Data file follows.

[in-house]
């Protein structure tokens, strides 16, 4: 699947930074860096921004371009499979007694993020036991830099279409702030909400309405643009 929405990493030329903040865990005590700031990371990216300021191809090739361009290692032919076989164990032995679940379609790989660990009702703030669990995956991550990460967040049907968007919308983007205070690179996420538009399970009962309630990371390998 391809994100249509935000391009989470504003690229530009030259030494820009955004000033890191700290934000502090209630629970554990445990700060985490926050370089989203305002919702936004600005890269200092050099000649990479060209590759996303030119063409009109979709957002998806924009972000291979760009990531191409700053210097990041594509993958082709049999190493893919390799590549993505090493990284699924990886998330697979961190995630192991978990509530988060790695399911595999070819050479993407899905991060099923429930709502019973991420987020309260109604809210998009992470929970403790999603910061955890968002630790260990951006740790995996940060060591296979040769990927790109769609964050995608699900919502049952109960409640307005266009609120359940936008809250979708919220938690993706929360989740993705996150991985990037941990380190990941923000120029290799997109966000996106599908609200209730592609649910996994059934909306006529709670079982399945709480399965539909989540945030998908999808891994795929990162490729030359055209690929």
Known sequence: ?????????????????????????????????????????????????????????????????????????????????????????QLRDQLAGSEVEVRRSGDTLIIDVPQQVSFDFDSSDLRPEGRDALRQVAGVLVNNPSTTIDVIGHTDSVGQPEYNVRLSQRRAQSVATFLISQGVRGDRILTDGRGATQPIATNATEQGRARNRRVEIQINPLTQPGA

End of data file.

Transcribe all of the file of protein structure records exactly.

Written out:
[in-house]
């Protein structure tokens, strides 16, 4: 699947930074860096921004371009499979007694993020036991830099279409702030909400309405643009 929405990493030329903040865990005590700031990371990216300021191809090739361009290692032919076989164990032995679940379609790989660990009702703030669990995956991550990460967040049907968007919308983007205070690179996420538009399970009962309630990371390998 391809994100249509935000391009989470504003690229530009030259030494820009955004000033890191700290934000502090209630629970554990445990700060985490926050370089989203305002919702936004600005890269200092050099000649990479060209590759996303030119063409009109979709957002998806924009972000291979760009990531191409700053210097990041594509993958082709049999190493893919390799590549993505090493990284699924990886998330697979961190995630192991978990509530988060790695399911595999070819050479993407899905991060099923429930709502019973991420987020309260109604809210998009992470929970403790999603910061955890968002630790260990951006740790995996940060060591296979040769990927790109769609964050995608699900919502049952109960409640307005266009609120359940936008809250979708919220938690993706929360989740993705996150991985990037941990380190990941923000120029290799997109966000996106599908609200209730592609649910996994059934909306006529709670079982399945709480399965539909989540945030998908999808891994795929990162490729030359055209690929």
Known sequence: ?????????????????????????????????????????????????????????????????????????????????????????QLRDQLAGSEVEVRRSGDTLIIDVPQQVSFDFDSSDLRPEGRDALRQVAGVLVNNPSTTIDVIGHTDSVGQPEYNVRLSQRRAQSVATFLISQGVRGDRILTDGRGATQPIATNATEQGRARNRRVEIQINPLTQPGA